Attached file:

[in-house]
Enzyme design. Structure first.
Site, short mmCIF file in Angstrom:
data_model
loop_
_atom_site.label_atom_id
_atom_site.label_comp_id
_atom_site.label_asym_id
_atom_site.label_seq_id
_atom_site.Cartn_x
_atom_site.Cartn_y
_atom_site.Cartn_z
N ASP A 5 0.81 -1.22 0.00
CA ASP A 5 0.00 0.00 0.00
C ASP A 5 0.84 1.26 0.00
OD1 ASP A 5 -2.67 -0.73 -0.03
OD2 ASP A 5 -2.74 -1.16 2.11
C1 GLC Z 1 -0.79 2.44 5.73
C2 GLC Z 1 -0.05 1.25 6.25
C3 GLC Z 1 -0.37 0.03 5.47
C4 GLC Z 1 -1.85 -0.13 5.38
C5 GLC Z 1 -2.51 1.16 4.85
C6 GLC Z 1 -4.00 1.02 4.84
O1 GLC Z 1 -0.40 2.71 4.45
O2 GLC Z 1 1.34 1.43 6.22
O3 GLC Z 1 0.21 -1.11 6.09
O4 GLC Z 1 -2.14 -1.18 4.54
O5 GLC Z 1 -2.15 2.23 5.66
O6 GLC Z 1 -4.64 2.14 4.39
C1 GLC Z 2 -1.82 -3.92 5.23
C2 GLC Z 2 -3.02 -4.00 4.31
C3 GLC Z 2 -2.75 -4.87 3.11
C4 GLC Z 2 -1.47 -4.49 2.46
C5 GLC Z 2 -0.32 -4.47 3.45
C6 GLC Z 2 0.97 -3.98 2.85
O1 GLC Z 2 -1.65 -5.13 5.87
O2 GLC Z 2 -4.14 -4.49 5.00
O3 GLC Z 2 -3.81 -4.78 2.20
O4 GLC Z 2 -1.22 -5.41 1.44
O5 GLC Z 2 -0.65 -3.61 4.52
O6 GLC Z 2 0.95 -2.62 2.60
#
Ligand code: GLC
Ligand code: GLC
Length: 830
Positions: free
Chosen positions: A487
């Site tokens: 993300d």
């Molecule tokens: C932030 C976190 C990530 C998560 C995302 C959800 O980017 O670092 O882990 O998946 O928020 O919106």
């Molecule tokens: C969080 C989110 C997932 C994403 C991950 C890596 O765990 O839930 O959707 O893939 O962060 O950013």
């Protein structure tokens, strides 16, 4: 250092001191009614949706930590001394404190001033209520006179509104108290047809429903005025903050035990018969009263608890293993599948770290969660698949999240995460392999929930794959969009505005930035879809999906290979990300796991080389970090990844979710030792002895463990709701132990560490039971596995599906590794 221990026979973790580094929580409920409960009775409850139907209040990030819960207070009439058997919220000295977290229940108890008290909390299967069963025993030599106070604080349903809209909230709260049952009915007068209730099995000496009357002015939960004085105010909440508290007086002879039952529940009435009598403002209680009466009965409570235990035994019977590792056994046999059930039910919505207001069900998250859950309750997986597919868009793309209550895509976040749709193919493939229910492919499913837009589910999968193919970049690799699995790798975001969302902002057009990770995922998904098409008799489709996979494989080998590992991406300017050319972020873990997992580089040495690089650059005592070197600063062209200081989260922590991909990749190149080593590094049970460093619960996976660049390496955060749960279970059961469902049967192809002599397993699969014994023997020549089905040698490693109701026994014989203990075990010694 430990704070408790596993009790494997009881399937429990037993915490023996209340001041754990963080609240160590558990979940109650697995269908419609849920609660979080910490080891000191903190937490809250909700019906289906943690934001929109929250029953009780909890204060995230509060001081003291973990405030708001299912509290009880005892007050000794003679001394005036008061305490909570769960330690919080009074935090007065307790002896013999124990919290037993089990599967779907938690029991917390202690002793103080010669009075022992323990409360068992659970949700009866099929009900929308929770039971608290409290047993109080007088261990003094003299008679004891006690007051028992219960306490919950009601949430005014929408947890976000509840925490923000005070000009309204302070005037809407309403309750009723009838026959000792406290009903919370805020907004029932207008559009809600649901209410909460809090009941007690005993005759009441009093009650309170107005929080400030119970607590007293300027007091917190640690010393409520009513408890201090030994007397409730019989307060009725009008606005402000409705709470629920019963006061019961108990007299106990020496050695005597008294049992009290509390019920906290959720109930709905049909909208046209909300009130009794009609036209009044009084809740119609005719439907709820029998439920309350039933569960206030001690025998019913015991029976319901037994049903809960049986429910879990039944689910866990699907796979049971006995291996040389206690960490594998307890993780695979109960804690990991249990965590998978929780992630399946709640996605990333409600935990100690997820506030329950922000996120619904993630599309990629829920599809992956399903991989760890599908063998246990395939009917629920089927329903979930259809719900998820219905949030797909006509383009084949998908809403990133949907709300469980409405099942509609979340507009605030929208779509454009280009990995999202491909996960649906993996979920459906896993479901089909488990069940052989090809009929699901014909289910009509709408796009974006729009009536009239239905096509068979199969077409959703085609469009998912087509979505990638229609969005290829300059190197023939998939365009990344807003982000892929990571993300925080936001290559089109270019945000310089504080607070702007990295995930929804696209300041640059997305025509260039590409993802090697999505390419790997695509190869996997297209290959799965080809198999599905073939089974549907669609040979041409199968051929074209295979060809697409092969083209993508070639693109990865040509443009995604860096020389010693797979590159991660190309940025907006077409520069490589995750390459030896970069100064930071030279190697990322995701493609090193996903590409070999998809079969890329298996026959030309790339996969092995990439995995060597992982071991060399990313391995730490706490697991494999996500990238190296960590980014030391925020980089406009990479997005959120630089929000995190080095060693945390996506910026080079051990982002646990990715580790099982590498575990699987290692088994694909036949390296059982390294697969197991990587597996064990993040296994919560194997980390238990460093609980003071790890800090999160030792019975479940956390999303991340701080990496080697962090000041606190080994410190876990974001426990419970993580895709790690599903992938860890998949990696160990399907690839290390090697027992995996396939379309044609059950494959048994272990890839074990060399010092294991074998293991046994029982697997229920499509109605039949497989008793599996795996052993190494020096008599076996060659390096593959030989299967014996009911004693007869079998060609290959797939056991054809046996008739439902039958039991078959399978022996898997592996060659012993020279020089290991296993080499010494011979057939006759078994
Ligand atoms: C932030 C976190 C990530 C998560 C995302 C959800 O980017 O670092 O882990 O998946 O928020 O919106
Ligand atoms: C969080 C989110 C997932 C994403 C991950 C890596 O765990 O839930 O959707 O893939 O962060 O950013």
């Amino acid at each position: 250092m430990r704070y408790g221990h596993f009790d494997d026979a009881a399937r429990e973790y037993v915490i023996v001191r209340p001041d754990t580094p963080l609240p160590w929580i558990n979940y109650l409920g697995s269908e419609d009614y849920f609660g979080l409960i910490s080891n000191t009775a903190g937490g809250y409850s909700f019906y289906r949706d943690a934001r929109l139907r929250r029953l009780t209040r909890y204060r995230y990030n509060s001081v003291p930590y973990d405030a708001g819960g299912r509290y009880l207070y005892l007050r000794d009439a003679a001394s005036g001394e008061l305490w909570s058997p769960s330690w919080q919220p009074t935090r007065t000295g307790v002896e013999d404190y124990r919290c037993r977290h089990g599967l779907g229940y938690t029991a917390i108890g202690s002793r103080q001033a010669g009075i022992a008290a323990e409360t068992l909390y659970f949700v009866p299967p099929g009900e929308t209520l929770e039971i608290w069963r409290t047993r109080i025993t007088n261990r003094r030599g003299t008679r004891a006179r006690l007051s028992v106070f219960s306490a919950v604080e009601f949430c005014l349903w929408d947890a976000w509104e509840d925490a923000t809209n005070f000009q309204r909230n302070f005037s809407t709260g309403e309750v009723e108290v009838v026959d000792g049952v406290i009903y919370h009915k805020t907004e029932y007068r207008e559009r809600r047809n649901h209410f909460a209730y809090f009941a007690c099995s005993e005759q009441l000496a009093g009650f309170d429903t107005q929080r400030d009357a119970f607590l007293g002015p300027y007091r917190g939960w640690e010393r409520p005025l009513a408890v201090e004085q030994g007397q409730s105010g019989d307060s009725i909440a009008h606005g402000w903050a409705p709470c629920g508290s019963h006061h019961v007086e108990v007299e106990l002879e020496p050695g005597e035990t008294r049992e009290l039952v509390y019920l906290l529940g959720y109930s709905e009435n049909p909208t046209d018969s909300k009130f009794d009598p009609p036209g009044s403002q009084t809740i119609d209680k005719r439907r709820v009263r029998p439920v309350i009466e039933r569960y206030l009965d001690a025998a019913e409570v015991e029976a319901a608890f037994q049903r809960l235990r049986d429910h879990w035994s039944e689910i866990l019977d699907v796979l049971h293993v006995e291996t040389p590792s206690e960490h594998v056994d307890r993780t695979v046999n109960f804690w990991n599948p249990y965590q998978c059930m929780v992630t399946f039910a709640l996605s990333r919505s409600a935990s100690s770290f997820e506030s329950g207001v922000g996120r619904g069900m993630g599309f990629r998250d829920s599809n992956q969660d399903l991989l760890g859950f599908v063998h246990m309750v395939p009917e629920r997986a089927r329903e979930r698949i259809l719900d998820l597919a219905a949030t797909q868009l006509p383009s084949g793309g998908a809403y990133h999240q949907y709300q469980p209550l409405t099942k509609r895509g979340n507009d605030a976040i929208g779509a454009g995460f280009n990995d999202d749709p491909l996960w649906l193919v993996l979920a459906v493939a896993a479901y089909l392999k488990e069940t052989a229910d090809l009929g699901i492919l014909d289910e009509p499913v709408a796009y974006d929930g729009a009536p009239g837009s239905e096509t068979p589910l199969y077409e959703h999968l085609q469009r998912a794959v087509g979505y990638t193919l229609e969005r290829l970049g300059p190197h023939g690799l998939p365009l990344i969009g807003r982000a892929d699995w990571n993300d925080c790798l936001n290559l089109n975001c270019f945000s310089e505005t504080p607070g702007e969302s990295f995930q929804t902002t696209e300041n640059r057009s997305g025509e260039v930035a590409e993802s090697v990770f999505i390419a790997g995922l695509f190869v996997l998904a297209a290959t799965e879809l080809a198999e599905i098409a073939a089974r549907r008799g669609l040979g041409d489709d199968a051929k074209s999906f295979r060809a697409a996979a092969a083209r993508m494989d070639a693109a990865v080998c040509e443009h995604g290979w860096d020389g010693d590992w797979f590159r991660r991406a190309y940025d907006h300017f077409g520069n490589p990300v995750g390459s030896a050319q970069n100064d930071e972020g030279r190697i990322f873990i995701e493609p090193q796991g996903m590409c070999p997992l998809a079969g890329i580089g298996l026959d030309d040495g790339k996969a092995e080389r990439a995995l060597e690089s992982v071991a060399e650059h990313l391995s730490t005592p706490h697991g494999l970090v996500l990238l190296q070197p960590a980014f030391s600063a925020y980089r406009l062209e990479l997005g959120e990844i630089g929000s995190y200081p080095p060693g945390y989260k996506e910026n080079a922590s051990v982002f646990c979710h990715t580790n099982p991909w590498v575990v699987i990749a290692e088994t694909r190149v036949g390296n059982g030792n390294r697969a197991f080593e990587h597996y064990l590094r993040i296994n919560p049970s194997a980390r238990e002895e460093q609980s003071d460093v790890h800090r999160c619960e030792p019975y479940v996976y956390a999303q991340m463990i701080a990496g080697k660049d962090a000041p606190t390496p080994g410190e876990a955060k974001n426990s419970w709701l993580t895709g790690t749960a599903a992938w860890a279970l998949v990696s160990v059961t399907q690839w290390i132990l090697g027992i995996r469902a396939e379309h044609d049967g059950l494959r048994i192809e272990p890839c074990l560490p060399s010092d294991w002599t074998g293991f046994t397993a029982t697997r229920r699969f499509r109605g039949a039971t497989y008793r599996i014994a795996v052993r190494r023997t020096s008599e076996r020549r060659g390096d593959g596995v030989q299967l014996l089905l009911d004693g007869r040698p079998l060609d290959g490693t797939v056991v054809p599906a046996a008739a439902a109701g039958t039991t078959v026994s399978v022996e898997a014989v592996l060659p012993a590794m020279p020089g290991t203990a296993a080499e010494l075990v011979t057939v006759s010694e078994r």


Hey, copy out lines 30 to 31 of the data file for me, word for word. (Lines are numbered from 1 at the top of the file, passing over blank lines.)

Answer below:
C1 GLC Z 2 -1.82 -3.92 5.23
C2 GLC Z 2 -3.02 -4.00 4.31